ST. PETERSBURG, Fla.—”I expected it to be good, but I didn’t expect it to be as ‘wow!’ I didn’t expect traditional dance per se to have as much athleticism and power to it. I was very wowed by the power,” Laura Perez said.
Ms. Perez and her mother, Kim Hall-Perez, saw Shen Yun for the first time at the Mahaffey Theater on April 4.
The family owns Kim Hall’s School of Dance, in Brandon, Fla. In the family for 33 years, the studio offers instruction in classical ballet, tap, jazz, contemporary acrobatics, aerial cirque, and band martial arts.
“Absolutely loved it,” Ms. Hall-Perez said of the performance. She used to dance professionally but said she was too tall to be a ballerina.
“One thing that stood out to me tremendously was the synchronization all of the dancers.,” she said. “They were so, so together! Especially with such large groups, that’s so very difficult to maintain.”
‘The Wow Factor’
“All the performers performed from their heart, rather than just from their head … and that shone through. Of course, the graphics [animated digital backdrops] in the back add the ‘wow’ factor to it,” Ms. Hall-Perez said.
Her daughter, Laura Perez, who also teaches dance at the studio, said the performance was so much more than her expectations: “It was excellent! I am so, so glad that we came. I was very moved. At one point I almost had tears in my eyes because the passion of the performers was so beautiful.”
“I definitely am going to encourage all of my students to come see the show next year. It was inspiring, and creatively inspiring for me. I took a lot, as an artist, from the show by being exposed to a new art form that I’d never seen before, and a new form of dance,” Ms. Perez said.
‘Such a Privilege’
“The music was phenomenal,” Ms. Perez said. “It was such a privilege to have a live orchestra with the performance because that’s so rare, nowadays, and especially for it to be traditional music from China. That was amazing!”
The erhu solo was especially moving for her: “That was incredible. That felt like such a privilege to be able to hear that.”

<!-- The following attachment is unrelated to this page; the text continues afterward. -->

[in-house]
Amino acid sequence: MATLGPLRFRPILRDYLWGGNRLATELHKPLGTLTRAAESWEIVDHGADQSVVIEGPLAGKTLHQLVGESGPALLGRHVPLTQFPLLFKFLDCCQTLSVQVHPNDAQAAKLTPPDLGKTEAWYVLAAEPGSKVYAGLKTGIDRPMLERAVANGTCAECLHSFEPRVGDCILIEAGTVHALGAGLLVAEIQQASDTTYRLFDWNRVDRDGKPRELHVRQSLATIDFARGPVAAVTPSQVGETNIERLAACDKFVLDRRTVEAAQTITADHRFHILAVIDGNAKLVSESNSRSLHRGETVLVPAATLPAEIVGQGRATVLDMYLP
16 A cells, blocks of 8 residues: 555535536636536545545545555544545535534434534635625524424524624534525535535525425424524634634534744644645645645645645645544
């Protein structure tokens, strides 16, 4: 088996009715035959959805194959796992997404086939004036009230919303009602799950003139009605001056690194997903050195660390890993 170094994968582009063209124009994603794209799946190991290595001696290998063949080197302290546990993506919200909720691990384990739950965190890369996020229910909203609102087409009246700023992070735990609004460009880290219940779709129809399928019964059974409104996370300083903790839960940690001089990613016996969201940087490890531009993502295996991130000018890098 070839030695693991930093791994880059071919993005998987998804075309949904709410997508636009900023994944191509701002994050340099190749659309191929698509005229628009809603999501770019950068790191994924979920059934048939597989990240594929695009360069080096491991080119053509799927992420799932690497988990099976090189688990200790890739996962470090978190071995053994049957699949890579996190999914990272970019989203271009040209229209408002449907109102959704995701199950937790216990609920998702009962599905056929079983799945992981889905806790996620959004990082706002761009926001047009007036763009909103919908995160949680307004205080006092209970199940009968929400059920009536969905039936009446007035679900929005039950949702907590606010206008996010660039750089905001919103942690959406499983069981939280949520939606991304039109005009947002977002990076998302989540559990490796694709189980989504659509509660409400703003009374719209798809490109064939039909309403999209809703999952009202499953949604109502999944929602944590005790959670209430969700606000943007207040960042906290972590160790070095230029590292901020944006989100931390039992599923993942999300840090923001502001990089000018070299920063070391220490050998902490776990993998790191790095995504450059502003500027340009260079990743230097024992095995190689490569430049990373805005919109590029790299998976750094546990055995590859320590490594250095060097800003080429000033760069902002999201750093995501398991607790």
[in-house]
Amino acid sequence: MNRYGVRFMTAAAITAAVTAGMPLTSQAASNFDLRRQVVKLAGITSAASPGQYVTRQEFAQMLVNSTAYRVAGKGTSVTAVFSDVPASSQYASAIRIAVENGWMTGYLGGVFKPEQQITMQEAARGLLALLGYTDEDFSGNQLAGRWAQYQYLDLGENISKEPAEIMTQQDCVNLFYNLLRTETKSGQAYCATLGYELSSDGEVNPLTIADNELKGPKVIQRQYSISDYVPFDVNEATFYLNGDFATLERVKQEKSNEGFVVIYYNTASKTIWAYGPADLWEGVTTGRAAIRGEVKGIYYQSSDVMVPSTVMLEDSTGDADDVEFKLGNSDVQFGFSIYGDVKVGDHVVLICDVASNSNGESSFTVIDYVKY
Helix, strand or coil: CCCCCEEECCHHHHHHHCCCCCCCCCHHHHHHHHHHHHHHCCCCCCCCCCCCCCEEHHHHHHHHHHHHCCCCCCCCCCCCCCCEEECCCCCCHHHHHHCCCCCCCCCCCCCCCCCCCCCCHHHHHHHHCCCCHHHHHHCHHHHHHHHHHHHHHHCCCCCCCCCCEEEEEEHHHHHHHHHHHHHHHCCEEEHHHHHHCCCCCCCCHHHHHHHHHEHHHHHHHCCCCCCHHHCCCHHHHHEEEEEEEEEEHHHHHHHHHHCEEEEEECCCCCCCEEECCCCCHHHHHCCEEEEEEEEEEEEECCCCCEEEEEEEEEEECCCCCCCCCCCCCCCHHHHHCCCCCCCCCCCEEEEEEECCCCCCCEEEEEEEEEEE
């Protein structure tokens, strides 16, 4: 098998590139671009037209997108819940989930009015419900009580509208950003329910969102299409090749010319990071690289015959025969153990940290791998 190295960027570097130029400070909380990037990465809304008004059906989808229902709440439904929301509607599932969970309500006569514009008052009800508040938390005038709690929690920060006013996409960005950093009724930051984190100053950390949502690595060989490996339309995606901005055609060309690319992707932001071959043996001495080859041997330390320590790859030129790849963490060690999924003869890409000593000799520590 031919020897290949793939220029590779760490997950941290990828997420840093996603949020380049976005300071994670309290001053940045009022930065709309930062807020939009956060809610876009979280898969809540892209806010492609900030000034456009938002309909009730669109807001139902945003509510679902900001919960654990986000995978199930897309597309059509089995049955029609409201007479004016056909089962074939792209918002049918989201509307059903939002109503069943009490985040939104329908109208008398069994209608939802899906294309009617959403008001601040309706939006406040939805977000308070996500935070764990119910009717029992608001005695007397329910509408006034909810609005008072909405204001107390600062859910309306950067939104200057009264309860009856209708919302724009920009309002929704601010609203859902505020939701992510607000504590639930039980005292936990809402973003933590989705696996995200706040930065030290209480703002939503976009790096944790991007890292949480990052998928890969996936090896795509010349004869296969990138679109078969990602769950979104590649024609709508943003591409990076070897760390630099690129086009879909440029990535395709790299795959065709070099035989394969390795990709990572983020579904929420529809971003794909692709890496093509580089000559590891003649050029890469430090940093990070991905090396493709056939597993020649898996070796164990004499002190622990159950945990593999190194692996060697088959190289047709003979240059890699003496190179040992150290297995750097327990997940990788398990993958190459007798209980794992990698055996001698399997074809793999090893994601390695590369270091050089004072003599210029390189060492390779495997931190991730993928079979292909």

“The erhu is one of the most important Chinese instruments, with a history of over 4,000 years,” the Shen Yun website states. “Though it has only two strings, it can convey a wide range of emotions.” The instrument is also “incredibly expressive, capable of imitating sounds from chirping birds to neighing horses.”
Ms. Perez said that the sopranos were “stunning, stunningly beautiful!” “To think that somebody can do that with their voice—so moving!” Ms. Perez said of the solo vocalists.
‘So Many Different Layers’
Shen Yun’s portrayal of traditional Chinese culture also struck a chord with Ms. Perez: “It’s beautiful. I feel like it’s sparked a fascination with Chinese culture for me. It’s just so vibrant and so stunning and has so many different layers—it’s very exciting!”
She said it’s a shame that Shen Yun cannot yet perform in China. “I think that art is something that should be available to everyone in the world, especially if it’s something that’s come from your country,” Ms. Perez said. “Art is for everyone. It’s a universal thing that connects all humans.”
For decades, the Chinese communist regime has tried to eradicate China’s traditional culture through campaigns like the Cultural Revolution. Its aim is to secure its power by replacing traditional beliefs and values with communist ideology.
Shen Yun Performing Arts World Company continues the Florida leg of its world tour this month with performances in Miami and West Palm Beach.
Reporting by Edie Bassen and Louise Rothman
New York-based Shen Yun Performing Arts has four touring companies that perform around the world. For more information, visit ShenYunPerformingArts.org.
Epoch Times considers Shen Yun Performing Arts the significant cultural event of our time. We have proudly covered audience reaction since Shen Yun’s inception in 2006